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Publication numberUS3824521 A
Publication typeGrant
Publication dateJul 16, 1974
Filing dateSep 24, 1973
Priority dateSep 24, 1973
Publication numberUS 3824521 A, US 3824521A, US-A-3824521, US3824521 A, US3824521A
InventorsHorii K, Ohya K, Takashina H, Zama M
Original AssigneeTdk Electronics Co Ltd
Export CitationBiBTeX, EndNote, RefMan
External Links: USPTO, USPTO Assignment, Espacenet
Resistor
US 3824521 A
Abstract
An improved thin-film resistor low in the resistance temperature coefficient is provided. A metal film or foil is bonded with a thermosetting resin onto an insulating base plate having a lower linear expansion coefficient than the metal and is etching-processed so as to be of a desired resistance pattern. The difference in the linear expansion coefficient between the metal and the insulating base is selected to be 26 to 66 x 10<->7/ DEG C. The metal and base are covered with a resin so as to be a molded assembly, together with lead wires connected to both ends of the metal.
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Horii et a1.

[11] 3,824,521 July 16, 1974 RESISTOR lnventors: Kazuo Horii, Funabashi; Kazuo Ohya, Yachiyo; Matuo Zama, Tokyo; Hiroyuki Takashina, Kawasaki, all of Japan TDK Electronics (10., Ltd., Tokyo, Japan Filed: Sept. 24, 1973 Appl. No.: 400,345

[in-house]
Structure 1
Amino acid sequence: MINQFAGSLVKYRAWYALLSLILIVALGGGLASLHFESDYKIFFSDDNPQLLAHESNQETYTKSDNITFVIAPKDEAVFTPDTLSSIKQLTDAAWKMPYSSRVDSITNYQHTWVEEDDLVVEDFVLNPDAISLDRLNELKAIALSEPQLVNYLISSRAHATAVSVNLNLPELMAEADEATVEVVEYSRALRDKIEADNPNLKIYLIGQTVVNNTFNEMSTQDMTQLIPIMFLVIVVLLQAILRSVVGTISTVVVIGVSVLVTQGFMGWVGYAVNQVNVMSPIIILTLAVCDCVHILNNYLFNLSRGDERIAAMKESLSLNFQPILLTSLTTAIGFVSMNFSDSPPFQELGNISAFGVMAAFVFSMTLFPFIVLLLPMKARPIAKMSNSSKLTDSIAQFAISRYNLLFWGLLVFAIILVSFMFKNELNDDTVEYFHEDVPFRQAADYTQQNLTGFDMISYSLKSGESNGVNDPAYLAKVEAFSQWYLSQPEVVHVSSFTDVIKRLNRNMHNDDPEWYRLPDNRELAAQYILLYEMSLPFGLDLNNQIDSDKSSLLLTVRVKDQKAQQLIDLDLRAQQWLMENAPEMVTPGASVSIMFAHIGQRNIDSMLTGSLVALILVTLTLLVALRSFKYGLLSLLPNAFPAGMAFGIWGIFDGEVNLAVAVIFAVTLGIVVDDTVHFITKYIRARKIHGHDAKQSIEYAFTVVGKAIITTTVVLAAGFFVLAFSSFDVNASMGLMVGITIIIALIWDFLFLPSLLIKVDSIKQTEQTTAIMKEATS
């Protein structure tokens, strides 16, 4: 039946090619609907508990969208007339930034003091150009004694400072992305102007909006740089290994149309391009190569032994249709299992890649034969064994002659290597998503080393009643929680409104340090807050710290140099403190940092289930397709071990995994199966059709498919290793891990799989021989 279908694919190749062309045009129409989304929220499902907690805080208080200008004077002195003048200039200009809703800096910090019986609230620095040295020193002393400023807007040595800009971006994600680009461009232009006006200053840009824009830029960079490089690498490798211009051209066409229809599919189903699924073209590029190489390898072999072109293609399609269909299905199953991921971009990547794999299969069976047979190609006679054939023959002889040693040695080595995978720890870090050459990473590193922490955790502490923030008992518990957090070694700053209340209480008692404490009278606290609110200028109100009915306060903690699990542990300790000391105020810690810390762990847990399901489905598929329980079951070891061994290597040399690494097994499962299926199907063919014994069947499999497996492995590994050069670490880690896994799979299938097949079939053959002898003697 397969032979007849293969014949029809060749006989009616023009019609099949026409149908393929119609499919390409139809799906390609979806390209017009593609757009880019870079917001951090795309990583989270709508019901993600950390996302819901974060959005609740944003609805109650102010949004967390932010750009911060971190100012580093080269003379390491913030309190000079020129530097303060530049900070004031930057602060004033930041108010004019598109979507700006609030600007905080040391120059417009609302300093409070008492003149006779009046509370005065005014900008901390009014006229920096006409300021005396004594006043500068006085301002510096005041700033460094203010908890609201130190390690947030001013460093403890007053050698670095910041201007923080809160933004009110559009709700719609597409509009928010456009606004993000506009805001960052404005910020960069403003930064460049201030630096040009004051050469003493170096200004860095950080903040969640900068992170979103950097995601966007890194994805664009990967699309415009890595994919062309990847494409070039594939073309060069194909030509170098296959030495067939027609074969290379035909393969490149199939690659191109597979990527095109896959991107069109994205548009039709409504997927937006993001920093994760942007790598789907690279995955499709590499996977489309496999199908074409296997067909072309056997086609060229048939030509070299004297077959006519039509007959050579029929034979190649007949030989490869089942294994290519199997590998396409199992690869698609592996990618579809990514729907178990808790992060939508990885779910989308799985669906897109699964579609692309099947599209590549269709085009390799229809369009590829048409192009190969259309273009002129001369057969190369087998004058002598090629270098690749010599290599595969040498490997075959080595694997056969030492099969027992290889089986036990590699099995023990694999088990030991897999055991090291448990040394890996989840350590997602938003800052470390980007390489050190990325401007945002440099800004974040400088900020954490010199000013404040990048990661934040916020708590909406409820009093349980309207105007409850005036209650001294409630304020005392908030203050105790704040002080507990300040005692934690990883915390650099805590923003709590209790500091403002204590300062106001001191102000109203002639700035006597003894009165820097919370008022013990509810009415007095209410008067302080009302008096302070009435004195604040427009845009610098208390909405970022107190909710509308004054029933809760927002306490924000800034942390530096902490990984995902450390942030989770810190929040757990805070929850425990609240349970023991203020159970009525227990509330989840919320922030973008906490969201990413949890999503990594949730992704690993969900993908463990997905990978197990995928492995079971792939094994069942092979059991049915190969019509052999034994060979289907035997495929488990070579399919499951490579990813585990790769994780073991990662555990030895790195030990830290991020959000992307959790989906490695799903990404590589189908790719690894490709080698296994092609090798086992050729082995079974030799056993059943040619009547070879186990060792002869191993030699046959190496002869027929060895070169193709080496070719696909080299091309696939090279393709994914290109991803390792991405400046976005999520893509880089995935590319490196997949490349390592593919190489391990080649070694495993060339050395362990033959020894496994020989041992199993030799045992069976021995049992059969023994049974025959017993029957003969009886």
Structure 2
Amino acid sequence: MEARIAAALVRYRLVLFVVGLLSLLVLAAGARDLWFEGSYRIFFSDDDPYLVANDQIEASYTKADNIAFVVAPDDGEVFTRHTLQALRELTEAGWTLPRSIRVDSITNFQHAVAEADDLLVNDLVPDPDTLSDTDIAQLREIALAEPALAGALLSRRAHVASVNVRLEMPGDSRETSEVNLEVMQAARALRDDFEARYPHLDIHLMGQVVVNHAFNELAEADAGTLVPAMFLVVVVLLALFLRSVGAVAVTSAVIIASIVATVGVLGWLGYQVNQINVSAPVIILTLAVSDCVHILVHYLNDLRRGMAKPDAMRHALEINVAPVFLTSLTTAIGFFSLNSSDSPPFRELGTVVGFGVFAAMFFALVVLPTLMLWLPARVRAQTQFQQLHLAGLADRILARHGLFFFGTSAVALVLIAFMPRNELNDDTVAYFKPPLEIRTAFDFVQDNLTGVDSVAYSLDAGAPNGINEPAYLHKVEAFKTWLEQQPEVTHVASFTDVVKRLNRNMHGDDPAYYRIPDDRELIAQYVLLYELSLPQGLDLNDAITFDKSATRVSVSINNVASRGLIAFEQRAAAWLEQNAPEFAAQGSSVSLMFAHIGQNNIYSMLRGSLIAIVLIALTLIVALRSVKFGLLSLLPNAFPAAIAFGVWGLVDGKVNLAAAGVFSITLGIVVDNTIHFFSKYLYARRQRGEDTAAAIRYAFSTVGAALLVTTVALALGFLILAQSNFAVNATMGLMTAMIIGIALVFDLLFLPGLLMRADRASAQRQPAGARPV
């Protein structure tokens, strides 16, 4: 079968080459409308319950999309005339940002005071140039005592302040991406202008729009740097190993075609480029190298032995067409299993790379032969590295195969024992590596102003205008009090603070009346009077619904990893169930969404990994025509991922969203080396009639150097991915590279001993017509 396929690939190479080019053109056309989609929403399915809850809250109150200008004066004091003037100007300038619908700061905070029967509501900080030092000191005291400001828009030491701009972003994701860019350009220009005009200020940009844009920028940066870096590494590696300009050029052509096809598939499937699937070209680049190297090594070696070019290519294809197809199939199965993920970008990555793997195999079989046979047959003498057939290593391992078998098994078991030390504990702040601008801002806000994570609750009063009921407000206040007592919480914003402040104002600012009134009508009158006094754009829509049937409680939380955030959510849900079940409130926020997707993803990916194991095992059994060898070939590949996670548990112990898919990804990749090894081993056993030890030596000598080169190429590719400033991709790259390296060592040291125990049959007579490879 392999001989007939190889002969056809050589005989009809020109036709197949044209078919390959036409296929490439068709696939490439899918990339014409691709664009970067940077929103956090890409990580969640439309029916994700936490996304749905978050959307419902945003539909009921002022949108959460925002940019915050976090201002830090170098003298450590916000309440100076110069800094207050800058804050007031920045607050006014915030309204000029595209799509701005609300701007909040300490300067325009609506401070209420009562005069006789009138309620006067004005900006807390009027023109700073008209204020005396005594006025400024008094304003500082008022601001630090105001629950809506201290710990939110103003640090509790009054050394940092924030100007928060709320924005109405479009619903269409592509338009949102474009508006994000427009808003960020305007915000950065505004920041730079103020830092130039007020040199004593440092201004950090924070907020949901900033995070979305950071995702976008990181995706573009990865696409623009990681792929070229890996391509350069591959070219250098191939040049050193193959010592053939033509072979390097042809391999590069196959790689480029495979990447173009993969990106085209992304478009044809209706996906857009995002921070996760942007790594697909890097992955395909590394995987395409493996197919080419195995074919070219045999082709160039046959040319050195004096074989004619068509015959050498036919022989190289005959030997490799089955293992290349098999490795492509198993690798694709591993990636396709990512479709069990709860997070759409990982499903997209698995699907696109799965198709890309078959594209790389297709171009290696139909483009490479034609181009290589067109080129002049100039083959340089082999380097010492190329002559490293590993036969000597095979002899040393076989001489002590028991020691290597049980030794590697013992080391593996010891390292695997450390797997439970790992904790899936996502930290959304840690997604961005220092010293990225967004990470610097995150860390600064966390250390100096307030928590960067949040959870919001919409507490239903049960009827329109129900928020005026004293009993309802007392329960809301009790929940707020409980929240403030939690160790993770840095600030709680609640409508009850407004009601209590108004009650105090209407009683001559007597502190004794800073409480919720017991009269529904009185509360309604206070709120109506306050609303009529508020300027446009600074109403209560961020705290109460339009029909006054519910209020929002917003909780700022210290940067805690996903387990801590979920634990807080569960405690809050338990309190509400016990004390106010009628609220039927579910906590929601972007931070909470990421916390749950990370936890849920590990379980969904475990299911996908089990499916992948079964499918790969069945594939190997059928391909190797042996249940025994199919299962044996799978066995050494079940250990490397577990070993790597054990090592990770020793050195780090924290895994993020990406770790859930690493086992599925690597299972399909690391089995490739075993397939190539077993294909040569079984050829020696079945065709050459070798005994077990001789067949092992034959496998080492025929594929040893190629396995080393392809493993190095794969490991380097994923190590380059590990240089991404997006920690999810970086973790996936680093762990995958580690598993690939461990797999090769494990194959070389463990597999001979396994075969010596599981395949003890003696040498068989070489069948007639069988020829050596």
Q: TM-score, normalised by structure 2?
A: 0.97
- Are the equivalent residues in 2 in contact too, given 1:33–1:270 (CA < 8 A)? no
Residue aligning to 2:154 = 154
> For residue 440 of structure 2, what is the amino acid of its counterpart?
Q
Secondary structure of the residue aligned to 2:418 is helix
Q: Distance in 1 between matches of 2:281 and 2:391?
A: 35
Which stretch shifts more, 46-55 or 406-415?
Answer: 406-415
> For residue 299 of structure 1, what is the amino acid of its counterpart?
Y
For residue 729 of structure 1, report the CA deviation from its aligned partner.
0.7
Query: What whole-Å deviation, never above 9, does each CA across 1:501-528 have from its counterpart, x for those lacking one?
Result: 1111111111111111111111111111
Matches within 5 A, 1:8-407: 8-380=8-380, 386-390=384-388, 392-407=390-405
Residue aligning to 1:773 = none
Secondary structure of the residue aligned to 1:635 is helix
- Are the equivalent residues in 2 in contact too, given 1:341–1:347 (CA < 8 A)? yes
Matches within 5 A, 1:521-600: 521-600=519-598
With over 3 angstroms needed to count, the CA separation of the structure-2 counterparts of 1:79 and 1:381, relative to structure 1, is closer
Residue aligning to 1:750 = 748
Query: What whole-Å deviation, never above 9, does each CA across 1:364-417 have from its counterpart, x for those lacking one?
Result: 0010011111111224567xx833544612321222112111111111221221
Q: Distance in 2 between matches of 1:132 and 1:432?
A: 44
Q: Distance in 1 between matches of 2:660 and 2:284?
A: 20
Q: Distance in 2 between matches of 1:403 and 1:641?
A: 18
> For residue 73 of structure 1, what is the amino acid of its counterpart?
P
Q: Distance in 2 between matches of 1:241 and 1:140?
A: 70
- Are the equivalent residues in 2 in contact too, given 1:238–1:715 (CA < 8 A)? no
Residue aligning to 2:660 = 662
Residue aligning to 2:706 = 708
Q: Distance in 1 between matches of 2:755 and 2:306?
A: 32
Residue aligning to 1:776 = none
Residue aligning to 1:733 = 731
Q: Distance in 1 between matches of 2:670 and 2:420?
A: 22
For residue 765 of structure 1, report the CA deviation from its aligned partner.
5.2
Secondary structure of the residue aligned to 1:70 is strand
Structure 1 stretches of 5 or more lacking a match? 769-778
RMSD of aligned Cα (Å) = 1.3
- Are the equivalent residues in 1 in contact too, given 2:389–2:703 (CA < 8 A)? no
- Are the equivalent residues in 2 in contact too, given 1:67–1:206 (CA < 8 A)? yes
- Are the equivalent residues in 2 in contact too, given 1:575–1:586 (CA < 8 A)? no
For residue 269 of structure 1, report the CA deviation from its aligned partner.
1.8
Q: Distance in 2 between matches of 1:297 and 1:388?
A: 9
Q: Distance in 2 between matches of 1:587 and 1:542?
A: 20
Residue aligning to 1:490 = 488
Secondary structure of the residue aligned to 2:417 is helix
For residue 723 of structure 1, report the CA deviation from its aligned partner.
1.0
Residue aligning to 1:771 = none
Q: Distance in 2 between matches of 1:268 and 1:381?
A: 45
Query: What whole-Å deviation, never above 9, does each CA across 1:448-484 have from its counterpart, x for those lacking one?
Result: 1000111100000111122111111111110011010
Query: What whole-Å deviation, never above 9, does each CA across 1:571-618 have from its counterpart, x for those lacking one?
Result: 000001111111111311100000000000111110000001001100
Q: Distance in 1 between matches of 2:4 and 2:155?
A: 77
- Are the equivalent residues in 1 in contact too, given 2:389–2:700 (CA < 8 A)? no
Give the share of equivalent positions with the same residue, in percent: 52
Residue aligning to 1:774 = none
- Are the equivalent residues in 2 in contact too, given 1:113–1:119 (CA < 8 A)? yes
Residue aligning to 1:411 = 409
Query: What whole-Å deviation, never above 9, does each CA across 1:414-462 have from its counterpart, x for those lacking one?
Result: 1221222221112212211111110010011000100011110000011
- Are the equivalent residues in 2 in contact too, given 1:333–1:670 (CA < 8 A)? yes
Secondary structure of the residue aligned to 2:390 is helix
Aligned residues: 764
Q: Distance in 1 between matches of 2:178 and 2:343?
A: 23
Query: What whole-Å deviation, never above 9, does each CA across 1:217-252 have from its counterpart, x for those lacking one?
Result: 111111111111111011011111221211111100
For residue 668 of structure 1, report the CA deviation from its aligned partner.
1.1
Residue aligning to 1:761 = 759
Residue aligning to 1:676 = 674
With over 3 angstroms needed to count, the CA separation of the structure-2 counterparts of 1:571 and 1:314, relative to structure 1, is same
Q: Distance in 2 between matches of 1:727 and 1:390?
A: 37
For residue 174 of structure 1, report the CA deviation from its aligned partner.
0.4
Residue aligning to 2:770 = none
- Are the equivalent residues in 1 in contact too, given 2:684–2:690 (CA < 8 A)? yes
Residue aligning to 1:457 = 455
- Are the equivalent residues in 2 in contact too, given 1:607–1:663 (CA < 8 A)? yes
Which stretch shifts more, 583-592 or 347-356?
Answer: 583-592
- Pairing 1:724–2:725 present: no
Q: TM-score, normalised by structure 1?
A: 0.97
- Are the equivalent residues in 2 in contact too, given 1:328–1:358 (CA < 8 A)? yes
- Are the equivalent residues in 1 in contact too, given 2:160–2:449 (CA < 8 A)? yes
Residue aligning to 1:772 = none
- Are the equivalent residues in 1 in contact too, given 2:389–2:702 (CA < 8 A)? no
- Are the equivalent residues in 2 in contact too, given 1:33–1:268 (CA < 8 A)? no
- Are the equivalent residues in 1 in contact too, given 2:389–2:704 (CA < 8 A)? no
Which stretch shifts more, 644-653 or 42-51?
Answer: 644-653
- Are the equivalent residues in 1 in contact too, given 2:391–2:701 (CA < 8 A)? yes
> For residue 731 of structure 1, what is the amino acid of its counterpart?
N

Assignee:

us. Cl 338/275, 338/254, 338/293 Int. Cl H0lc 1/02 Field of Search 338/254, 275, 262, 293,

References Cited UNITED STATES PATENTS 1/1932 Terwilligor 338/262 10/1954 Hicks 338/254 10/1968 Zandoran 338/254 Primary ExaminerE. A. Goldberg Attorney, Agent, or Firm-Wolfe, Hubbard, Leydig, Voit & Osann, Ltd.

57 ABSTRACT An improved thin-film resistor low in the resistance temperature coefficient is provided. A metal film or foil is bonded with a thermosetting resin onto an insulating base plate having a lower linear expansion coefficient than the metal and is etching-processed so as to be of a desired resistance pattern. The difference in the linear expansion coefficient between the metal and the insulating base is selected to be 26 to 66 X l0' /C. The metal and base are covered with a resin so as to be a molded assembly, together with lead wires connected to both ends of the metal.

6 Claims, 6 Drawing Figures PAIENTEB 1 51974 SHEET 3 BF 3 Qo/Wdd HILL RESISTOR This invention relates to resistors and, more particularly, to a resistor which is low in the resisitance temperature coefficient.

Resistors to be used generally for electronic computors, communication instruments, measuring instruments and the like are required to meet such various requirements that the resistance temperature coefficient (which shall be merely called temperature coefficient hereinafter) should be low, that the allowance of the resistance value should be low, that the size should be small, and so on.